Nature Foundation Warns That Residents of Guana Bay, Point Blanche Starting to Experience Adverse Health Effects Due to Large Amounts of Decomposing Sargassum Seaweed

COLE BAY – The St. Maarten Nature Foundation is warning that residents of coastal communities are starting to experience adverse health effects due to gasses released by decomposing Sargassum seaweed. In particular residents of Guana Bay and Point Blanch have requested the Nature Foundation to look into the matter: “We have been coordinating our monitoring efforts with local stakeholders and our partners in the region on how best to approach the issue. We know a lot has been said of using the Sargassum as fertilizer but at this point there is no feasible option without government support to tackle the issue. We need to find a way to coordinate the removal of the seaweed with heavy loaders which causes serious risks to nesting sea turtles and hatchlings while the grass itself can be a hazard to the animals,”

We are advising as much as we can residents in especially Guana Bay and Point Blanche to keep windows and doors closed as much as possible. But unfortunately based on weather predictions and aerial surveys there is a significant amount of the seaweed still headed in our general vicinity,” commented Nature Foundation Manager Tadzio Bervoets.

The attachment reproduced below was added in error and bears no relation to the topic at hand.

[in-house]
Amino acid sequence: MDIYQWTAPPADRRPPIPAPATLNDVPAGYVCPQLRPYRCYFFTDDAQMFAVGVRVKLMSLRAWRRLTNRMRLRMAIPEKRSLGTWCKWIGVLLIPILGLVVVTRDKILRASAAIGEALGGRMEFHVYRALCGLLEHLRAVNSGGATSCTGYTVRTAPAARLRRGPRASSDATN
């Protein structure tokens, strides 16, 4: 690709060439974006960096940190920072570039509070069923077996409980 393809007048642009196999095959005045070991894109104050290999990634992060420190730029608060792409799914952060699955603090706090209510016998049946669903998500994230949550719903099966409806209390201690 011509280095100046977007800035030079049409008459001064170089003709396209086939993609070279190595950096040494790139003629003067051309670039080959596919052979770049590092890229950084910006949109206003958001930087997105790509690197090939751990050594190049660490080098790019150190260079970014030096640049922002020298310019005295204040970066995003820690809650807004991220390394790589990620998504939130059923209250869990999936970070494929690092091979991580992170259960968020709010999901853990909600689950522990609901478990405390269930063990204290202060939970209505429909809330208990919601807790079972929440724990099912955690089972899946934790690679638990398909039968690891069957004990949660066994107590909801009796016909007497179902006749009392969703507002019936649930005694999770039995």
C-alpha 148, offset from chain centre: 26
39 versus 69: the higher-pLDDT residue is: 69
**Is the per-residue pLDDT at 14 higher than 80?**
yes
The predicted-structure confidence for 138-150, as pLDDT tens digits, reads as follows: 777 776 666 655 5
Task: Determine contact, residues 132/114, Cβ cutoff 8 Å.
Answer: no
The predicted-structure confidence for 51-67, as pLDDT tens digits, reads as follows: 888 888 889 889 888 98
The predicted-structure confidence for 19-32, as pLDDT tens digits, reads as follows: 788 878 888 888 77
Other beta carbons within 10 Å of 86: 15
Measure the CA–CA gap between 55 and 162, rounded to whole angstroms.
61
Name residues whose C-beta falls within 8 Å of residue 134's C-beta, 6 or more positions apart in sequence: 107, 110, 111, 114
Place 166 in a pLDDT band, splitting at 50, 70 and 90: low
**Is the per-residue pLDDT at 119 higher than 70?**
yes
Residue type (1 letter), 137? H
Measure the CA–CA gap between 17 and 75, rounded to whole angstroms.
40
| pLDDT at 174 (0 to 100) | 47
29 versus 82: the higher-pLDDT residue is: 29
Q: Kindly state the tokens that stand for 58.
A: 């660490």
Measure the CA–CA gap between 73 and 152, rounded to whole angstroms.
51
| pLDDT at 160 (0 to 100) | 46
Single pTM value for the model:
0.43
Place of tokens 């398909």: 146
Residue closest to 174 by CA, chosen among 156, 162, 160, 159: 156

When the Sargassum lands and starts to decompose hydrogen sulfide gas is released. The gas is colorless, toxic and highly flammable gas and spreads an unpleasant odor much like the smell of rotten eggs; “Inhaling the gas in small doses can trigger irritation of the eyes and the respiratory system, especially among people who are sensitive to it. The groups at risk are people with respiratory problems, asthma patients, elderly people, babies and pregnant women. Certain animals, especially dogs, are also sensitive to the inhalation of hydrogen sulphide,” continued Bervoets

Sargassum first plagued the Caribbean and St. Maarten in 2011 and 2012, with the Foundation having to warn swimmers to avoid swimming in Guana Bay in August and September due to the large amount of Sargassum weed and many beachfront residences and hotels having to continuously clean washed up Sargassum.

The Nature Foundation will continue to monitor the situation and will issue updates as information becomes available.

Aerial photo of freshly landed and decomposing Sargassum in Point Blanche